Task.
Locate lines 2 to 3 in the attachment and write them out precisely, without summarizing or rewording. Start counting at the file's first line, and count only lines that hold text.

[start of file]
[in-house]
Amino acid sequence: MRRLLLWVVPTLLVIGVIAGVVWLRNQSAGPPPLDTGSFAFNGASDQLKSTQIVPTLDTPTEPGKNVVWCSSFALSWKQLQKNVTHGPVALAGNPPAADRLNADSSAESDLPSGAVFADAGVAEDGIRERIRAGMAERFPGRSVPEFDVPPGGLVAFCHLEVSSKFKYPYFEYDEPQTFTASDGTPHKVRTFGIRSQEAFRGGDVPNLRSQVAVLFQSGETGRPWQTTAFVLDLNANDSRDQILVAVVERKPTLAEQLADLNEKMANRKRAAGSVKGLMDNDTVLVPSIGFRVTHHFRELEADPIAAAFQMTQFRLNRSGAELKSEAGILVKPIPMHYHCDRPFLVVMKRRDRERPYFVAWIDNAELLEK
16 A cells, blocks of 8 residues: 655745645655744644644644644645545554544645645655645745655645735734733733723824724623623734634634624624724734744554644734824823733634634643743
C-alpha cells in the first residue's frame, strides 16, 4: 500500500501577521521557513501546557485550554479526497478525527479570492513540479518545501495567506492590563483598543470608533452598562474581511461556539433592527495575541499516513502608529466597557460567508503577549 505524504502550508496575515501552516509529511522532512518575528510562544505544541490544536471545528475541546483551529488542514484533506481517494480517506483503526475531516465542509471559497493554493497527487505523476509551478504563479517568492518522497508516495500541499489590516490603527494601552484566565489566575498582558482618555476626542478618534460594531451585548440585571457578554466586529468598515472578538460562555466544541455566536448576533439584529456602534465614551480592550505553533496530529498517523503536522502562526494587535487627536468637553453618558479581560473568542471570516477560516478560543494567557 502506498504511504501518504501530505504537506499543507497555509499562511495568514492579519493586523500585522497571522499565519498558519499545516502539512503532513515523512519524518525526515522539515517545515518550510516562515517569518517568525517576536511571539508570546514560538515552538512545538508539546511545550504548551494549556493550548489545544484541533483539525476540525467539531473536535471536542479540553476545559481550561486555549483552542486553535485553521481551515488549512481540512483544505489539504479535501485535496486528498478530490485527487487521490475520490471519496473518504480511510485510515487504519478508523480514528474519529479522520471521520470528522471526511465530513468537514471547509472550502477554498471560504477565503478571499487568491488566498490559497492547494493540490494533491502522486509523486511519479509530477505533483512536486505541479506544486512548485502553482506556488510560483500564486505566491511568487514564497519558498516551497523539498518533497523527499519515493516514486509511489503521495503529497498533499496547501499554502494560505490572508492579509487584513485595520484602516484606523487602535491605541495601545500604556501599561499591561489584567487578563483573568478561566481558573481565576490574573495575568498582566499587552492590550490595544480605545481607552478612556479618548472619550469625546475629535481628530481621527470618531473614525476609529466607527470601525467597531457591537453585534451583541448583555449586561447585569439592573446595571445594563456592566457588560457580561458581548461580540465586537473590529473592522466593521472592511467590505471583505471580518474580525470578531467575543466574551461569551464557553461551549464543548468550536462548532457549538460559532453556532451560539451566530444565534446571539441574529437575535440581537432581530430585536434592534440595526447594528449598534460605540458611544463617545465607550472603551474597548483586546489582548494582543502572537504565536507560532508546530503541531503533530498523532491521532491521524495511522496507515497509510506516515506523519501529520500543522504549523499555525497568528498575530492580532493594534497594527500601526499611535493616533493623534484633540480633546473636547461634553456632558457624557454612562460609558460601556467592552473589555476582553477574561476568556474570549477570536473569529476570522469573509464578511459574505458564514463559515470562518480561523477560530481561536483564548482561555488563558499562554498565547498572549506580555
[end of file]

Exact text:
Amino acid sequence: MRRLLLWVVPTLLVIGVIAGVVWLRNQSAGPPPLDTGSFAFNGASDQLKSTQIVPTLDTPTEPGKNVVWCSSFALSWKQLQKNVTHGPVALAGNPPAADRLNADSSAESDLPSGAVFADAGVAEDGIRERIRAGMAERFPGRSVPEFDVPPGGLVAFCHLEVSSKFKYPYFEYDEPQTFTASDGTPHKVRTFGIRSQEAFRGGDVPNLRSQVAVLFQSGETGRPWQTTAFVLDLNANDSRDQILVAVVERKPTLAEQLADLNEKMANRKRAAGSVKGLMDNDTVLVPSIGFRVTHHFRELEADPIAAAFQMTQFRLNRSGAELKSEAGILVKPIPMHYHCDRPFLVVMKRRDRERPYFVAWIDNAELLEK
16 A cells, blocks of 8 residues: 655745645655744644644644644645545554544645645655645745655645735734733733723824724623623734634634624624724734744554644734824823733634634643743